Oxford University announced that its COVID-19 vaccine has entered its next phases of human trials, according to a statement on Friday, as British health authorities announced that 351 more people died from the disease across the UK over the past 24 hours.
The Department of Health reported: “As of 9am 22 May, there have been 3,231,921 tests, with 140,497 tests on 21 May. 2,144,626 people have been tested of which 254,195 tested positive.
“As of 5pm on 21 May, of those tested positive for coronavirus, across all settings, 36,393 have sadly died.”
The Oxford vaccine is called ChAdOx1 nCoV-19. Phase I began in April, and saw 1,000 immunizations completed, with the follow up still ongoing. Phases II and III are now beginning.
Phase II will recruit up to 10,260 people, and expand the age range of participants to include the elderly and children, those aged over 56 and those between 5 and 12 years old.
The purpose is to assess the immune response in people of different ages, and see if there are any differences in how the young and old react to the vaccine.
Phase III will assess how the vaccine works in large numbers of people above the age of 18, and how well the vaccine prevents people becoming infected and ill with COVID-19.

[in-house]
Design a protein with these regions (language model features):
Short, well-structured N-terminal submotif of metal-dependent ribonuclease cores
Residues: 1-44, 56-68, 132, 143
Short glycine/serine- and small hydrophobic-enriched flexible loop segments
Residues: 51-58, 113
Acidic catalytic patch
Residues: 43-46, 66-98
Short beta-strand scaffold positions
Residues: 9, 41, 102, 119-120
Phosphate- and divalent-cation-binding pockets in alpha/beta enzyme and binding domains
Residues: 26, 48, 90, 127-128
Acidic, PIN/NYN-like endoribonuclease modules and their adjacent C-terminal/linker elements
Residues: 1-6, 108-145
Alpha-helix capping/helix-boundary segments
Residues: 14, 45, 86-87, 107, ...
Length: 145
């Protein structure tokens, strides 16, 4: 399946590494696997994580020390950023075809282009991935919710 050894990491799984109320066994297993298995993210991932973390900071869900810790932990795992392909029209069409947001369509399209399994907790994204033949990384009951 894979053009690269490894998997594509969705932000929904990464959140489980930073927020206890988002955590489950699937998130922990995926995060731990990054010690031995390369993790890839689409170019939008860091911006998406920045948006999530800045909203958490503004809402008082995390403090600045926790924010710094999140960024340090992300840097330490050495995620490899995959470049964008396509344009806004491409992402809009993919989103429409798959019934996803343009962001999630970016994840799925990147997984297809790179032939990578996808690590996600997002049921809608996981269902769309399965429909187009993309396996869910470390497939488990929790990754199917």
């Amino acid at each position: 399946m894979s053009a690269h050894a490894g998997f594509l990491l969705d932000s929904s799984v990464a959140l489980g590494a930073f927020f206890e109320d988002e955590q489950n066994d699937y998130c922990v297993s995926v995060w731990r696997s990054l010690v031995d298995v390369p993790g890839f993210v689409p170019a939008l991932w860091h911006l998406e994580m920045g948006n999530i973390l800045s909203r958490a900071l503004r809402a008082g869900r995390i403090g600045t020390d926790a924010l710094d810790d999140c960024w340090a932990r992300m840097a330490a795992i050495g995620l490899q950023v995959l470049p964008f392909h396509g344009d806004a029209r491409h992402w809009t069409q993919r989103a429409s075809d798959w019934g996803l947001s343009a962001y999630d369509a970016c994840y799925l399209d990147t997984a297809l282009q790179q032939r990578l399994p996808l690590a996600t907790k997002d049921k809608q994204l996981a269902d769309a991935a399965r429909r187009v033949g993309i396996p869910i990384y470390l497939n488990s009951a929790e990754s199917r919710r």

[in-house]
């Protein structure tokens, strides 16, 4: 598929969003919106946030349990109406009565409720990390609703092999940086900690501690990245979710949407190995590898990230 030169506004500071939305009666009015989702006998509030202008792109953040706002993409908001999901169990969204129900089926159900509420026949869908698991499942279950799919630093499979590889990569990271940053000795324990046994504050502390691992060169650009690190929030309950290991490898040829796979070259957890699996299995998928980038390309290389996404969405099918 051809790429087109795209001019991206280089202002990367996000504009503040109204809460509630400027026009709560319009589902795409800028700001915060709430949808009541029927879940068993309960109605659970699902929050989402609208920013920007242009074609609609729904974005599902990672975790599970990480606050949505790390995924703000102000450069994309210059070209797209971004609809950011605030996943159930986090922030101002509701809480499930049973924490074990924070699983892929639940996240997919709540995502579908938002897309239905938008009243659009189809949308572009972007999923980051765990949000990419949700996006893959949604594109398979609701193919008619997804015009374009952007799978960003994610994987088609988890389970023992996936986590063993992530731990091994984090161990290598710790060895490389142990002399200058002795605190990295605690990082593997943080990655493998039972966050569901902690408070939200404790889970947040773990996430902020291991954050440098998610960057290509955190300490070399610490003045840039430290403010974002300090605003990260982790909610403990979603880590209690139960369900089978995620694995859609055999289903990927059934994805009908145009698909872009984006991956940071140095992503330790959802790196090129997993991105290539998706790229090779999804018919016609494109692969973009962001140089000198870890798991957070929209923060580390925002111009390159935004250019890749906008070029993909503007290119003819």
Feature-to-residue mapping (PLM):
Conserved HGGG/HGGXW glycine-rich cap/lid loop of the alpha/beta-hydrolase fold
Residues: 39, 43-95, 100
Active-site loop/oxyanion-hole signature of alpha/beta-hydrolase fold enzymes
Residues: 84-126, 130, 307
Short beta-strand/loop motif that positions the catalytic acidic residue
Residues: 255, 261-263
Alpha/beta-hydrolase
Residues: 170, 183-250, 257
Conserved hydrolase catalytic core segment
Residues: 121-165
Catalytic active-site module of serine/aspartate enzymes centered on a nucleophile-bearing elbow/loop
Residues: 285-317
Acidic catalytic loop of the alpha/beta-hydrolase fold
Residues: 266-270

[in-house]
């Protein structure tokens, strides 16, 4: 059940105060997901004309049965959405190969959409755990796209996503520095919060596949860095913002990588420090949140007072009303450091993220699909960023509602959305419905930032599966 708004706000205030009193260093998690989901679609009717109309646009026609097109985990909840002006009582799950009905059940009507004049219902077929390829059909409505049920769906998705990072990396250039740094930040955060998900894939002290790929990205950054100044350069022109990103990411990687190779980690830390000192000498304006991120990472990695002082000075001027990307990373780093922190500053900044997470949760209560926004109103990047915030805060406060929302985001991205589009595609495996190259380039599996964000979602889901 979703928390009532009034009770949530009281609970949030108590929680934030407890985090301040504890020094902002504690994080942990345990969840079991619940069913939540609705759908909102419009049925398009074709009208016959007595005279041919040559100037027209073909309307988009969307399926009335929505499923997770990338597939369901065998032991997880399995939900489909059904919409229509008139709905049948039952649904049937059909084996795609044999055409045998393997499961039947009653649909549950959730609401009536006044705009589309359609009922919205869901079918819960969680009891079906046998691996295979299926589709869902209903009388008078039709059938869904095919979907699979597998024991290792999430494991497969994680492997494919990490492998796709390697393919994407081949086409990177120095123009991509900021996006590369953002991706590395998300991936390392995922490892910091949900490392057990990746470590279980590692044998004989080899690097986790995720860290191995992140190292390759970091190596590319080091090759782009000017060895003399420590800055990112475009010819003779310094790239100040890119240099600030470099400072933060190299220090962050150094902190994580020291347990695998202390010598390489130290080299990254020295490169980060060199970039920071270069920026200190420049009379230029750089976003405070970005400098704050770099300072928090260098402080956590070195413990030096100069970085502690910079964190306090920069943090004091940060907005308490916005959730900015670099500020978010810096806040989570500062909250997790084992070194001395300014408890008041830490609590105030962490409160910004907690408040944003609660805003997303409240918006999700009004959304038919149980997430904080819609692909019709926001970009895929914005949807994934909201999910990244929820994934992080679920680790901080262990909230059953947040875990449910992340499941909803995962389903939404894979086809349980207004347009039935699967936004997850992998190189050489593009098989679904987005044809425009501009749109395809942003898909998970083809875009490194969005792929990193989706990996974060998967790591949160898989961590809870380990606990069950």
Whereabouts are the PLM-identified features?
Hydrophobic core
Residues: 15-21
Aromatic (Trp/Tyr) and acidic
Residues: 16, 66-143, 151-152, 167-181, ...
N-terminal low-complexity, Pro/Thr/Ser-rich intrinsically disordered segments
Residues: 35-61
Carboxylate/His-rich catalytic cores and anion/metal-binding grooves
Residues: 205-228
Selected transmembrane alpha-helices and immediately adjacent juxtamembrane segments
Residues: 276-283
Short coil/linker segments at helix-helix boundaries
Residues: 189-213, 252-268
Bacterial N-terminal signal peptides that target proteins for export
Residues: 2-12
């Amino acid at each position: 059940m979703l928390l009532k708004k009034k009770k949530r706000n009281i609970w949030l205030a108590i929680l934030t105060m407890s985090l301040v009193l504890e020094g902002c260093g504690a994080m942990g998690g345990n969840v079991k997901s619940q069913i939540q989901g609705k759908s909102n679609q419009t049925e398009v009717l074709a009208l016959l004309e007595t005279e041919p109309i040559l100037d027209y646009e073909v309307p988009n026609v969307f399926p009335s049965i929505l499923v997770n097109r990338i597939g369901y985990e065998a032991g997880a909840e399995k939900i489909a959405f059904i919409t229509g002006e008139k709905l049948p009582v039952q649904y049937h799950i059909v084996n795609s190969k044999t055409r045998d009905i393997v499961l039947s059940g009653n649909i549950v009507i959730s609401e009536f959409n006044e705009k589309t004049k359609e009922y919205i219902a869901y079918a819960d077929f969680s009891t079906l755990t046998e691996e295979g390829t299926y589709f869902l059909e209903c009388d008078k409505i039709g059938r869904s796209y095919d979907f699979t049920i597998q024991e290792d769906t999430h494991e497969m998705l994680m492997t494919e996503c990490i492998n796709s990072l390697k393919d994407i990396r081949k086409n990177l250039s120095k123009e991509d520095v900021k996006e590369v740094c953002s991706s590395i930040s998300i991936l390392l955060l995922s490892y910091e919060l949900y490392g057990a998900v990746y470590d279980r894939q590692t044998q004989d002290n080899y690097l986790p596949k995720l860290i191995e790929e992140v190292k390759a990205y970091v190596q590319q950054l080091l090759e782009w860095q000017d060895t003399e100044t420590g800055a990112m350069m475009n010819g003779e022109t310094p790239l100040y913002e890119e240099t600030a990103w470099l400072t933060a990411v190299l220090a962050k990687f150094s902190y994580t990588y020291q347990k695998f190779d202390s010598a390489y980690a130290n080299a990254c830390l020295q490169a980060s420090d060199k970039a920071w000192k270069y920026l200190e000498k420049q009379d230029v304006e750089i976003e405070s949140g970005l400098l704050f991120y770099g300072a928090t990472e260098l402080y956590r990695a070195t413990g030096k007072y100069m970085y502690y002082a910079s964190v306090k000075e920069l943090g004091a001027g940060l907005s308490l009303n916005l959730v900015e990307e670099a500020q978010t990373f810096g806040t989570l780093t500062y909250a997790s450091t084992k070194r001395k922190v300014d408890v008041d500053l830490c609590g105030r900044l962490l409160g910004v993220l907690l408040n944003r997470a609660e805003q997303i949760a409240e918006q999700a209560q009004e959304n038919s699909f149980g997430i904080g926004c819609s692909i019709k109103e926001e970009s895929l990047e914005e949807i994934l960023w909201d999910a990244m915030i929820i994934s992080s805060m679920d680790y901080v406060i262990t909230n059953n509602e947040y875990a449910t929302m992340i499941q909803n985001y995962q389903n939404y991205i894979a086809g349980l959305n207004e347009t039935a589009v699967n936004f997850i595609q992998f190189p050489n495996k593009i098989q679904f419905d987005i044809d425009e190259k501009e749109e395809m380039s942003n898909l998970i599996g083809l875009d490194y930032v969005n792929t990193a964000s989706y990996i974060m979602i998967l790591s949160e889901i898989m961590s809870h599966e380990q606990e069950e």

Andrew Pollard, the head of the Oxford Vaccine Group, said: “The clinical studies are progressing very well and we are now initiating studies to evaluate how well the vaccine induces immune responses in older adults, and to test whether it can provide protection in the wider population. We are very grateful to the huge support of the trial volunteers in helping test whether this new vaccine could protect humans against the pandemic coronavirus.”
Sarah Gilbert, a vaccinology expert at the Jenner Institute, said: “The COVID-19 vaccine trial team have been working hard on assessing the safety and immunogenicity of ChAdOx1 nCoV-19, and preparing to assess vaccine efficacy. We have had a lot of interest already from people over the age of 55 years who were not eligible to take part in the phase I study, and we will now be able to include older age groups to continue the vaccine assessment. We will also be including more study sites, in different parts of the country.”
After originating in China last December, COVID-19, the disease caused by the coronavirus, has spread to at least 188 countries and regions, with Europe and the US currently the worst hit.
The pandemic has killed more than 333,400 people worldwide, with over 5.12 million confirmed cases, while recoveries exceeded 1.96 million, according to figures compiled by Johns Hopkins University of the US.